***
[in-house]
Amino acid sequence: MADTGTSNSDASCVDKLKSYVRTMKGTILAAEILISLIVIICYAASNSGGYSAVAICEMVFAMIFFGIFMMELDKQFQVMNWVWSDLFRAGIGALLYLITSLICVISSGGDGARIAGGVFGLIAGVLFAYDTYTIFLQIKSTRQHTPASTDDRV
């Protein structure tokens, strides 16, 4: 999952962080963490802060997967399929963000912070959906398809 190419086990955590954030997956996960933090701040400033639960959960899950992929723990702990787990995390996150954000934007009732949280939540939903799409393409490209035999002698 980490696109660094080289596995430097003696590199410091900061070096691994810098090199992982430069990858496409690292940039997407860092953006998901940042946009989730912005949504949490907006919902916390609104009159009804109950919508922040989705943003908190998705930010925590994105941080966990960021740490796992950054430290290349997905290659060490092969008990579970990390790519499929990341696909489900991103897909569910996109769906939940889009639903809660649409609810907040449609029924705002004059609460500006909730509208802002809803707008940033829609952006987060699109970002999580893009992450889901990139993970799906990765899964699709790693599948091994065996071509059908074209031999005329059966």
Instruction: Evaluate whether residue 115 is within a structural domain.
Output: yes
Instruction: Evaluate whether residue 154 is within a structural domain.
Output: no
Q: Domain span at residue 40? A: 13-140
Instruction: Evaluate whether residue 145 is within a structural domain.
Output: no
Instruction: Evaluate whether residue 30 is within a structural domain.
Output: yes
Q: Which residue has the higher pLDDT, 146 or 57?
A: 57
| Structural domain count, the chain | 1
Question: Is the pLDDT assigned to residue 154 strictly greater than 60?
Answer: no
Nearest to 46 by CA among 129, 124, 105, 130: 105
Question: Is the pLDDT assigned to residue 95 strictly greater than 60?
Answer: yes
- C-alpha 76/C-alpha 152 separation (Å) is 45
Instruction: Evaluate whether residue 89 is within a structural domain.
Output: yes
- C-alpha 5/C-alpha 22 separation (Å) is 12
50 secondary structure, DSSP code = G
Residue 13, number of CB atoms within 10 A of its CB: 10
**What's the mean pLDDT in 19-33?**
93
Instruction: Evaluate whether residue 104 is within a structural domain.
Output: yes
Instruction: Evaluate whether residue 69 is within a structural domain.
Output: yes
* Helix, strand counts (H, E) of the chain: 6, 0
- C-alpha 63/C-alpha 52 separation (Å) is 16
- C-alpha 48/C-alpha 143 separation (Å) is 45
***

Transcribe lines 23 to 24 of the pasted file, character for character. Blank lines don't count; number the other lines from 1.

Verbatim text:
Output: yes
- C-alpha 5/C-alpha 22 separation (Å) is 12